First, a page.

Take aim, fire at will: Australian hypocrisy on a high pedestal
The Jakarta Post
The Australian media is engaged in a surreal form of hypocrisy by criticizing the execution of those convicted of drug trafficking in Indonesia. Canberra's exceptionalism stands out as it puts its double standards with respect to human lives and dignity on a high pedestal, problematizing the death penalty only when Australians are put before the firing squad.
First, Indonesian state treatment of convicted drug traffickers differs only slightly from Australia's treatment of asylum seekers. Asylum seekers desperately trying to seek refuge in Australia and convicted drug traffickers vacationing in Bali are similar 'abject bodies': individuals that the sovereign state does not want and plans to effectively and efficiently dispose of.
In a nutshell, the only difference between Indonesian and Australian treatment of 'abject bodies' lies merely in each country's preferred legal methods and the distance considered comfortable and acceptable by its public.
Indonesia provides open and accessible trials, opportunities for appeal, sympathetic media coverage, rehabilitation programs and a chance at being granted presidential clemency.
On the other hand, Australia seemingly prefers secretive on-the-spot extra-judicial actions, better known as 'on-sea-matters' that the Abbott government refuses to comment on.
Furthermore, Indonesia prefers openly using its own firing squad, having solid legal justification and being fully accountable for the lives it takes.
Meanwhile, Australia prefers the outsourcing and subcontracting of their deeds to private companies and offshoring them to distant locations that are conveniently out of sight and out of the mind of its public, such as Manus Island, Nauru and Cambodia.
In July 2014, the forced return of Australian-bound refugees to Sri Lanka also indicated that Canberra is content with practices bordering on 'forced disappearance' of civilians at sea while effectively breaching international legal principles of non-refoulement, the UN Refugee Convention and UN Convention against Torture.
Asylum seekers, sometimes including children, in Australian detention facilities have undergone hunger strikes, sewn their lips shut, inflicted self-harm and attempted suicide, swallowed razorblades and even burned themselves to death in protest at the 'Australian solution'.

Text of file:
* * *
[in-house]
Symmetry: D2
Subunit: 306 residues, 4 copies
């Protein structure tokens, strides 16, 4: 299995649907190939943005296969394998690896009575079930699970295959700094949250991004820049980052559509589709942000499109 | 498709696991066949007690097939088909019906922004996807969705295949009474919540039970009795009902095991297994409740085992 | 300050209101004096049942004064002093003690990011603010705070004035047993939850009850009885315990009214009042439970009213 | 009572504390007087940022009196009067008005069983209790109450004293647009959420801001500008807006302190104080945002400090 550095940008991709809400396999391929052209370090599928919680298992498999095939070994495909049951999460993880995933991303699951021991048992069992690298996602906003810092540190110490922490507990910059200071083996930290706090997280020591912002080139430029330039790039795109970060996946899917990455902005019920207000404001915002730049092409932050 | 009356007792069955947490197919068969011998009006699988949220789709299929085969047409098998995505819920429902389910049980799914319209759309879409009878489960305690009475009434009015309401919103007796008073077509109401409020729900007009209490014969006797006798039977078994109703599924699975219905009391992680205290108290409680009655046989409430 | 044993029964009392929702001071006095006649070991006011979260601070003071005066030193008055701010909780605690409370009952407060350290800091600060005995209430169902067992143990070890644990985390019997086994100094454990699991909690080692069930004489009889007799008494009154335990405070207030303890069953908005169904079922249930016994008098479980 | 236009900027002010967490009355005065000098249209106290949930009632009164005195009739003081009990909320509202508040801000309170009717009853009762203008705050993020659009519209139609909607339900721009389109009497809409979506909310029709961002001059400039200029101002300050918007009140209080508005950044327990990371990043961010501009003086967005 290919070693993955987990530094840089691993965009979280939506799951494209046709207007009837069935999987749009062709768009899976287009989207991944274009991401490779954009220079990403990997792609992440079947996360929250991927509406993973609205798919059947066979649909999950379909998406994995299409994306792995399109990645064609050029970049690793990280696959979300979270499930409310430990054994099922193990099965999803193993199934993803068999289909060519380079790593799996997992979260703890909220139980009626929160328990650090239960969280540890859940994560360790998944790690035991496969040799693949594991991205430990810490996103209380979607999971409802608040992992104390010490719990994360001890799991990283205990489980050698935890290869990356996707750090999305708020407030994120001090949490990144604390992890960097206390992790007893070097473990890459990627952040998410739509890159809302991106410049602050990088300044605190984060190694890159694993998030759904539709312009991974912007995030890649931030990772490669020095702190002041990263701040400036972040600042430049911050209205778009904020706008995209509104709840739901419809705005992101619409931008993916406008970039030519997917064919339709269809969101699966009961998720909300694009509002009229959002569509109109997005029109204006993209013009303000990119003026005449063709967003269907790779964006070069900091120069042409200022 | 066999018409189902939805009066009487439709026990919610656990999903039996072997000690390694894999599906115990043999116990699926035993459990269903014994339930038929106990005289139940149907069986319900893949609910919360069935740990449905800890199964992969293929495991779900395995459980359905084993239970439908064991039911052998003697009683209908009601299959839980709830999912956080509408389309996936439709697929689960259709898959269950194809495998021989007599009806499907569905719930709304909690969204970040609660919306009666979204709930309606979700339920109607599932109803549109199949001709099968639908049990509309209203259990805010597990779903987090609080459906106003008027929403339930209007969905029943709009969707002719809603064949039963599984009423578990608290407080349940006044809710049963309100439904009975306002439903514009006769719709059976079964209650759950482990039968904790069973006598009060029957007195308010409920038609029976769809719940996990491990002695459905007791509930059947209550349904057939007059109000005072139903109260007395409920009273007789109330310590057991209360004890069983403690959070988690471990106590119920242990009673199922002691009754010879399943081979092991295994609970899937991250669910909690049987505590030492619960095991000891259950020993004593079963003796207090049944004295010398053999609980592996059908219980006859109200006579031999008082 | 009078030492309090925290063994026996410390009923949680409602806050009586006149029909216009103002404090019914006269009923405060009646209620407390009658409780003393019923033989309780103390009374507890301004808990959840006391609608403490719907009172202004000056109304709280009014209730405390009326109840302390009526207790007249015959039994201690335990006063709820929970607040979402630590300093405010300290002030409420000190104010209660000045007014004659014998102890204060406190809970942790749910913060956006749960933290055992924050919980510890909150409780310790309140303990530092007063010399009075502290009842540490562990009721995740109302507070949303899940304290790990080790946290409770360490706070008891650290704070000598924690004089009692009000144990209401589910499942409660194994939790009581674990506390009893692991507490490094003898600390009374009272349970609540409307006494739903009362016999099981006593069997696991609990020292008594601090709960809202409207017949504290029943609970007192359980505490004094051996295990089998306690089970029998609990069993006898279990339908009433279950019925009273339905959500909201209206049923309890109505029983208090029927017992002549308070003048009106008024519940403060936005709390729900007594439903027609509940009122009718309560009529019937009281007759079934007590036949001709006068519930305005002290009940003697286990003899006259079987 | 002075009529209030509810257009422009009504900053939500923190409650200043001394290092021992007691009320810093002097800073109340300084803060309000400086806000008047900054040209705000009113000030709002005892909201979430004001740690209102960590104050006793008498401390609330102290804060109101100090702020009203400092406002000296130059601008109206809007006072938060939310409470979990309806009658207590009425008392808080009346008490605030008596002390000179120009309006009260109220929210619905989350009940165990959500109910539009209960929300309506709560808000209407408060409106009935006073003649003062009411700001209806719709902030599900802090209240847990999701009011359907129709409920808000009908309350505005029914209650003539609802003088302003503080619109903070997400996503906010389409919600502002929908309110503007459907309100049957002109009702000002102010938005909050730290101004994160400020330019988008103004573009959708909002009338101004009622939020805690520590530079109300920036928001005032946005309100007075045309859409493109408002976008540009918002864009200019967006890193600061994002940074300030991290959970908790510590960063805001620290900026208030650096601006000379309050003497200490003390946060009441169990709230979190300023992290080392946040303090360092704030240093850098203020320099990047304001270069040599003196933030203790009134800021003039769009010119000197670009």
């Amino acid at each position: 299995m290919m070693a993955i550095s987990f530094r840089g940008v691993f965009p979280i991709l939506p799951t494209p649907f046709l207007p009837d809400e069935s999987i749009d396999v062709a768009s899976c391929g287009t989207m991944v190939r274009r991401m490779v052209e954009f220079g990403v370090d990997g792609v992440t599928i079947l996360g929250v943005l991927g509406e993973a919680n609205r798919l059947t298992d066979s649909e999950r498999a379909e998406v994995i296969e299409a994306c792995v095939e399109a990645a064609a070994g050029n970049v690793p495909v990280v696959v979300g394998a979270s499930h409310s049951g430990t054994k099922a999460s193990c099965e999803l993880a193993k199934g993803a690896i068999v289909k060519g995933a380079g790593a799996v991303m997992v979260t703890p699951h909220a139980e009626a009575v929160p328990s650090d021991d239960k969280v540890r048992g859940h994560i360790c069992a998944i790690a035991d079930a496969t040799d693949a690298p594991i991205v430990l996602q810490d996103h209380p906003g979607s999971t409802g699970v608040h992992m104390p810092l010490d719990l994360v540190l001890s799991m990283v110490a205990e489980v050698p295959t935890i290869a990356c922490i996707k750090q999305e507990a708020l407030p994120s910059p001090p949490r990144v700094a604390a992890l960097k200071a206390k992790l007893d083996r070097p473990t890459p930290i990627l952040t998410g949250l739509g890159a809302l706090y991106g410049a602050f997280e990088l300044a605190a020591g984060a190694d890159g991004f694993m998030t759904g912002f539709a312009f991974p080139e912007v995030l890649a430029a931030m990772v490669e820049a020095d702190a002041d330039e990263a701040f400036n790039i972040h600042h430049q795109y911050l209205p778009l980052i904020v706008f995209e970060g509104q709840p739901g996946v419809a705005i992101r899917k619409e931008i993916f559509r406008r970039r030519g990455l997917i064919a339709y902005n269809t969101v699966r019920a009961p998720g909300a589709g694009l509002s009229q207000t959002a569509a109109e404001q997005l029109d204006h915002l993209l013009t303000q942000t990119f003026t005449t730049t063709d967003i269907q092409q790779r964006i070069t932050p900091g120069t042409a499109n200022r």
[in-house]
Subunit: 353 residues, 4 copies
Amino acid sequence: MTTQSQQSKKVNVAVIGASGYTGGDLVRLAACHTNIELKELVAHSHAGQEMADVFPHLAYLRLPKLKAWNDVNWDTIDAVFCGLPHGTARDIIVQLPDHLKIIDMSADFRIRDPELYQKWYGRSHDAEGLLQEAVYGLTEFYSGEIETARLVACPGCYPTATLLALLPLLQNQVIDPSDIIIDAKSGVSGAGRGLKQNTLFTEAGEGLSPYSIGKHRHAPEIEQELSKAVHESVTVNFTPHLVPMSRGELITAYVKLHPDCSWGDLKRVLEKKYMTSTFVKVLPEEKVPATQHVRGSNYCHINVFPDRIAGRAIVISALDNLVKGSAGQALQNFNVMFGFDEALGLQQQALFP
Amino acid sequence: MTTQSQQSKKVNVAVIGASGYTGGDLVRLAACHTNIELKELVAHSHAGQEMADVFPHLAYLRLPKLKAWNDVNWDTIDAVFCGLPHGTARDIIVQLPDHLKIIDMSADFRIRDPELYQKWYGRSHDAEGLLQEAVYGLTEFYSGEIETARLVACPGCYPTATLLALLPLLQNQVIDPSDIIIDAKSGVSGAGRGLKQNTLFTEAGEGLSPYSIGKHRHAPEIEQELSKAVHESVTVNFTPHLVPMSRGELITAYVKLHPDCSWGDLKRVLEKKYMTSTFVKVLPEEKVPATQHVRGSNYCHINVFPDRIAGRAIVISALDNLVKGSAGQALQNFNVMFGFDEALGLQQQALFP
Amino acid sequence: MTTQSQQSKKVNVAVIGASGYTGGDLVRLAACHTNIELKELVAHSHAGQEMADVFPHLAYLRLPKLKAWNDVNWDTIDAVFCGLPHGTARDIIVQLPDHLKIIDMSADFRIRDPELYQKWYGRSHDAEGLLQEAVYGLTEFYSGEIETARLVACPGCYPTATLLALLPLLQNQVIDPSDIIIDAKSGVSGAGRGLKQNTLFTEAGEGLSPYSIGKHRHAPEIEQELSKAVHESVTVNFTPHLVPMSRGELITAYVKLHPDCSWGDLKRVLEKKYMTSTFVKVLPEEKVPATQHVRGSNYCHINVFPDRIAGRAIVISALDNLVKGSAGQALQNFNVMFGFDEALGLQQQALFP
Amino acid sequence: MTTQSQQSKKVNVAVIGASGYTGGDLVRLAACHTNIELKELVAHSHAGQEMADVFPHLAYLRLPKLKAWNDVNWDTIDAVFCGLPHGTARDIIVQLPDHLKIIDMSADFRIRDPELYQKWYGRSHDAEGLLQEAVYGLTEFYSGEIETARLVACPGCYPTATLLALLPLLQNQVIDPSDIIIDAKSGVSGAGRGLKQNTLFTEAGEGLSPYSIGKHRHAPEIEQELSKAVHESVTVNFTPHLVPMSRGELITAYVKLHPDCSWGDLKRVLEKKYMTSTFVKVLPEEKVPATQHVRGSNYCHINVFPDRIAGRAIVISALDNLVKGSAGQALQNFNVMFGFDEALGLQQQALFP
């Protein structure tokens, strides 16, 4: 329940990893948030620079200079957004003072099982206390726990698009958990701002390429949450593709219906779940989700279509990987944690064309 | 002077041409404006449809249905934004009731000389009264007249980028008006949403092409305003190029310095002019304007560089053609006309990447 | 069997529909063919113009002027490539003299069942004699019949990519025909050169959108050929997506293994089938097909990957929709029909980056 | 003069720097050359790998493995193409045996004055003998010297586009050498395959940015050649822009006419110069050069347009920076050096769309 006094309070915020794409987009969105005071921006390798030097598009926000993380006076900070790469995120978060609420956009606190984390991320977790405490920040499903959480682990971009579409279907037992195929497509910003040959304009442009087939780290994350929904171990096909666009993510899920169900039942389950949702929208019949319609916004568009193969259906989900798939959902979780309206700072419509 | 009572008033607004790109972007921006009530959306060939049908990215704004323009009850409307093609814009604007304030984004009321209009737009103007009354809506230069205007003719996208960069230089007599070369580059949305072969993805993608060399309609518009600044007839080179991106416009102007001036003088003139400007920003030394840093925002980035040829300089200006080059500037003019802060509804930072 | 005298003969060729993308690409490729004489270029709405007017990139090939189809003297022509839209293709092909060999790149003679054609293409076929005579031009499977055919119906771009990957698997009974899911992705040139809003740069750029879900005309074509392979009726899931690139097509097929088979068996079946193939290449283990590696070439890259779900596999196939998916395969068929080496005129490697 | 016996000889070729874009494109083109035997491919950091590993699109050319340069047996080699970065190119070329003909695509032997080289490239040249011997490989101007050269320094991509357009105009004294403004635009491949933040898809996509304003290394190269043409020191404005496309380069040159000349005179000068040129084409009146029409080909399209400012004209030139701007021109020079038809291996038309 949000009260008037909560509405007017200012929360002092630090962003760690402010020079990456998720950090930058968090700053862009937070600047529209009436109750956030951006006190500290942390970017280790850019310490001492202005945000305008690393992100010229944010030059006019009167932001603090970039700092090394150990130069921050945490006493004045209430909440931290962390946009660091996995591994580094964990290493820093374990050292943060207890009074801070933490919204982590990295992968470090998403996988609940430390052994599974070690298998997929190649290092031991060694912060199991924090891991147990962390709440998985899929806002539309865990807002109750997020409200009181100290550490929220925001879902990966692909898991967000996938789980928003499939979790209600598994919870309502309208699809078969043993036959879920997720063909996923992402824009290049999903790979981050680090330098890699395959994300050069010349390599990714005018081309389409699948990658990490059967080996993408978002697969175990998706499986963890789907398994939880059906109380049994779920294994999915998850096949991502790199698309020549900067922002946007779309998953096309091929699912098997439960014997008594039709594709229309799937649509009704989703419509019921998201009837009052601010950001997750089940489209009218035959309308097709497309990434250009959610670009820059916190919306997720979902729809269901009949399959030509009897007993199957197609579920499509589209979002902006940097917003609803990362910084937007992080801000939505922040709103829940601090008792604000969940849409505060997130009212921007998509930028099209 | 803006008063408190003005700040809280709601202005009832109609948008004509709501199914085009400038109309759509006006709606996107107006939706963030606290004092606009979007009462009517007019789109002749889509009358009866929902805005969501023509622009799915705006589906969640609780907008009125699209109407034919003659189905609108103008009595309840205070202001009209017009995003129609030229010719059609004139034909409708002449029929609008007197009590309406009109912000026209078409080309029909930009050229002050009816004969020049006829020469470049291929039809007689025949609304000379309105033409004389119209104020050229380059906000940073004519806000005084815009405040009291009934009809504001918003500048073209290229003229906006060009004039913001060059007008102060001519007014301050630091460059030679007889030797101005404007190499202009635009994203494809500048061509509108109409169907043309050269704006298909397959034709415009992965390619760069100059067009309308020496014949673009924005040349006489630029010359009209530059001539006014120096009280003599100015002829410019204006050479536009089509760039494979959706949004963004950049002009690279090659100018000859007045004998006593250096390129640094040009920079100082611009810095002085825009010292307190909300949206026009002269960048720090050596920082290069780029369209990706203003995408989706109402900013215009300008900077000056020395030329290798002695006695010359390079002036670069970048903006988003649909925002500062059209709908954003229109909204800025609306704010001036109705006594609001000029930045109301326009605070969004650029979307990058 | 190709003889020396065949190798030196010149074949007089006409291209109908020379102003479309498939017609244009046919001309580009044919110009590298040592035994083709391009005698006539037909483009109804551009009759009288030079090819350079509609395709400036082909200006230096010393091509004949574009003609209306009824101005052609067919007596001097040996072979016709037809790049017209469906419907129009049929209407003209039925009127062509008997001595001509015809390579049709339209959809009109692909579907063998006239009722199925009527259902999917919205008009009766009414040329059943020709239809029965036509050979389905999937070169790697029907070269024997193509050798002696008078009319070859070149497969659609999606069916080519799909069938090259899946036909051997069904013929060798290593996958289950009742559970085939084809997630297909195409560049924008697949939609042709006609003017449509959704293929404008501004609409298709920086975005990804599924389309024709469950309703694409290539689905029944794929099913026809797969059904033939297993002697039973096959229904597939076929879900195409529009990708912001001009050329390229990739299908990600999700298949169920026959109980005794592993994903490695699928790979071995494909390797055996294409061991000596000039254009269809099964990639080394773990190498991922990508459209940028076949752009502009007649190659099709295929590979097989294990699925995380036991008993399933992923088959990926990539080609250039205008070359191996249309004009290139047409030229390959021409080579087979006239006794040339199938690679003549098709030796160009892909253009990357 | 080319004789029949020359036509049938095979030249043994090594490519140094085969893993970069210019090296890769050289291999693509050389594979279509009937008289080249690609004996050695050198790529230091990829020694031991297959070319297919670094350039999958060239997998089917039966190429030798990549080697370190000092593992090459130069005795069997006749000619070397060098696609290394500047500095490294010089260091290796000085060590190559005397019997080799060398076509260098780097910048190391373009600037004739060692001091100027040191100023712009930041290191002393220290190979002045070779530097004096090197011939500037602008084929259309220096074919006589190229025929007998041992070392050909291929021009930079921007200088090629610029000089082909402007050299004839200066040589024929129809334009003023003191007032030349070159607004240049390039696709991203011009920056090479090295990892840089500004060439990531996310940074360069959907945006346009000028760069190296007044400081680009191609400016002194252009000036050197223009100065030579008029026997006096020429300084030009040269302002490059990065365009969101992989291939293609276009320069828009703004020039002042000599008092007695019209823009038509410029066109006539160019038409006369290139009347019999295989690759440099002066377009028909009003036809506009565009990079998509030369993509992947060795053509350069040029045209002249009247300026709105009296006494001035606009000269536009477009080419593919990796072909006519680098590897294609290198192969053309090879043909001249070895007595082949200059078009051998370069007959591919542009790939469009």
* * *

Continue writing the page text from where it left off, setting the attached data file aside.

Currently, 700 asylum seekers are on hunger strike in Manus Island. Two asylum seekers from the camp, Reza Barati and Hamid Kehazaei, have already died but not a single asylum seeker has been successfully resettled to date. This makes the facility more of a death camp than a resettlement camp.
Second, insistence on saving individual Australians misses the bigger picture which should be the abolition of the death penalty and upholding human dignity in Indonesia, Australia and beyond. When former president Yudhoyono left his presidency, he controversially granted Schapelle Corby parole.
His act of conceited generosity fostered Australian exceptionalism, giving the impression that the death penalty is avoidable by turning convicted Australians into media darlings, concluding backroom negotiations, having your appeal heard by the president and finding legal loopholes that Australians can exploit.
Before concerned Australians can start seeing the bigger picture and join ranks with like-minded liberals and reformists in Indonesia, Australian parents will continue to worry about their youth vacationing in Bali, knowing that once caught experimenting with recreational drugs, their loved ones might be sent to the firing squad.
Third, implying that executions will affect bilateral relations to the disadvantage of Indonesia is ridiculous. Former Australian prime minister John Howard and opposition leader Simon Crean were not opposed to the execution of convicted terrorists Amrozi bin Nurhasyim and Imam Samudra in 2008 and Canberra, through its counterterrorism aid, had actually subsidized the bullets used to execute them.
Australian media coverage of their executions was surprisingly detailed and even savored many of its graphic moments. Australia's main ally, the United States, enforces the death penalty in the majority of its states and one of Canberra's largest trading partners and paymaster, China, performs one of the highest numbers of executions worldwide and has only stopped harvesting organs from executed prisoners this year. If anything, Australian hypocrisy and exceptionalism risks worsening its public image in Indonesia as a neighbor that not only disrespects international law and Indonesia's borders, but now also Indonesian law and legal corridors.
Australian government appeals are neither heroic nor heartfelt; Canberra is merely trying to save their own 'subject bodies' from the firing squad, while slowly disposing of 'abject bodies' it does not want through inhumane detention camps or returning them to foreign regimes that will probably finish the job for them. Indonesia paying 'blood money' to save the 'subject bodies' of Indonesian domestic workers in Saudi Arabia from beheading is no less hypocritical as these efforts are done against the backdrop of killing off 'abject bodies' that were once warmly received as guests in Bali.
Australia and Indonesia betray human rights and violate human dignity alike by abusing the criminalized and illegal 'abject bodies' in surprisingly similar ways, differing only in their preferred legal methods and comfortable distance acceptable to their respective publics.
All lives matter greatly, not just Australian ones. Any debate that does not start from these fundamental premises of equality of human life and dignity is not worth visiting and is a waste of the Indonesian public's valuable attention and time.
The writer is executive director for the Marthinus Academy in Jakarta.
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